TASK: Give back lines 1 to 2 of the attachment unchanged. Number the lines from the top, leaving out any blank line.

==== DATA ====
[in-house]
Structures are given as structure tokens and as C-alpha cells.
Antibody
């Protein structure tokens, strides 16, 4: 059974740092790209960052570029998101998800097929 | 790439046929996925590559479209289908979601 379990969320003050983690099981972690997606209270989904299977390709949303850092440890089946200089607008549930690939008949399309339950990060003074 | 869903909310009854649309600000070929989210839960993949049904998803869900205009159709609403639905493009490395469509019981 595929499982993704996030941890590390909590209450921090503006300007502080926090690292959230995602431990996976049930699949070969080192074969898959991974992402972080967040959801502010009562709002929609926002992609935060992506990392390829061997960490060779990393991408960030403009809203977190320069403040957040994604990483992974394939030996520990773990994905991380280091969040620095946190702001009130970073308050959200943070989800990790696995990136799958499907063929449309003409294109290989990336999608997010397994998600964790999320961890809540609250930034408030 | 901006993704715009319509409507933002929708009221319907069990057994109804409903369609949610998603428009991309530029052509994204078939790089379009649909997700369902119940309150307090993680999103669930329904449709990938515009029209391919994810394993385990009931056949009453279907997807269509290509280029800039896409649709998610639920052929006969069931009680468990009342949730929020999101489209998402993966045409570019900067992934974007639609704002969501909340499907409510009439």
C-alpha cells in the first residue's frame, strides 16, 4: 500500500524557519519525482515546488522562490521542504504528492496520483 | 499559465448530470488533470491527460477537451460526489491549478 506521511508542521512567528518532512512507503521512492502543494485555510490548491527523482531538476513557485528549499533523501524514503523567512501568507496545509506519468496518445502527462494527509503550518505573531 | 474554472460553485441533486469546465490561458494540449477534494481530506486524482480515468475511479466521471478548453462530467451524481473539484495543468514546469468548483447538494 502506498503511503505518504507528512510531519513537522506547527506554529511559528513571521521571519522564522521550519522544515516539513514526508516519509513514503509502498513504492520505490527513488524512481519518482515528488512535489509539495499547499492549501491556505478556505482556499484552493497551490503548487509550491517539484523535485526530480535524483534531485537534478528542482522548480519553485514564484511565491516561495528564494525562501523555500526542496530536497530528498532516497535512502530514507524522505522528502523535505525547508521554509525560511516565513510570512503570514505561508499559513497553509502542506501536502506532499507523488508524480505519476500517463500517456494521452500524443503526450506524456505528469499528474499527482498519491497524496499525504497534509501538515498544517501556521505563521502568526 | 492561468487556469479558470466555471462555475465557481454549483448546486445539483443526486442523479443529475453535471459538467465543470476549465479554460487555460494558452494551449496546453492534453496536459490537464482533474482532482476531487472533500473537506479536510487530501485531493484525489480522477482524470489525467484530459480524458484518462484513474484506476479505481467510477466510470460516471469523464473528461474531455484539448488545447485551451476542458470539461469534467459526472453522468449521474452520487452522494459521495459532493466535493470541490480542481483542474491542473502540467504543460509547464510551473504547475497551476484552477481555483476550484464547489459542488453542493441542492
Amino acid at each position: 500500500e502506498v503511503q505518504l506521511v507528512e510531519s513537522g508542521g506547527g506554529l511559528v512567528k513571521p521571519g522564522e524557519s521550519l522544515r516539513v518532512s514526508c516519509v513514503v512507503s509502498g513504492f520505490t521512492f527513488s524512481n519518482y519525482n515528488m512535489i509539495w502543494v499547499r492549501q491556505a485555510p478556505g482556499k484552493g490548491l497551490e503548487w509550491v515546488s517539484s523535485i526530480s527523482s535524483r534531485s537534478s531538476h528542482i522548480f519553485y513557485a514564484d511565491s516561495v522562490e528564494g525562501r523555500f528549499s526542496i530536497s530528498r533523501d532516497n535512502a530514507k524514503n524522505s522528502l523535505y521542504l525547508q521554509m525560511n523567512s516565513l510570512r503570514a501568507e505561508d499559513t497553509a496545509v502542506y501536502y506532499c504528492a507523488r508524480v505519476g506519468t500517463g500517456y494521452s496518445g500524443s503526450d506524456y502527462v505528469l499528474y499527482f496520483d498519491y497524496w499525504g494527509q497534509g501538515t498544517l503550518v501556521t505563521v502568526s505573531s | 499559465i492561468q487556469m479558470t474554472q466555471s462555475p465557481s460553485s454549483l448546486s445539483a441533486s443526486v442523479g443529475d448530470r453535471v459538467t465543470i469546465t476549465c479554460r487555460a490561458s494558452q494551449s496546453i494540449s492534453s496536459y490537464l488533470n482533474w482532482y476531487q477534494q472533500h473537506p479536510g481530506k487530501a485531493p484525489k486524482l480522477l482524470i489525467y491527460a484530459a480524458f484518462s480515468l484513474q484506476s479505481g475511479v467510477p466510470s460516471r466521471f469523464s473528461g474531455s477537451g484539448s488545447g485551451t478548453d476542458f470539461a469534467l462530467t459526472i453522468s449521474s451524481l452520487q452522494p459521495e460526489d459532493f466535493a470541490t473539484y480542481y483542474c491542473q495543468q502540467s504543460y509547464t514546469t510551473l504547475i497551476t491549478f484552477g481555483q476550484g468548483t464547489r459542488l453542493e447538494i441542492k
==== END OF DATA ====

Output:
[in-house]
Structures are given as structure tokens and as C-alpha cells.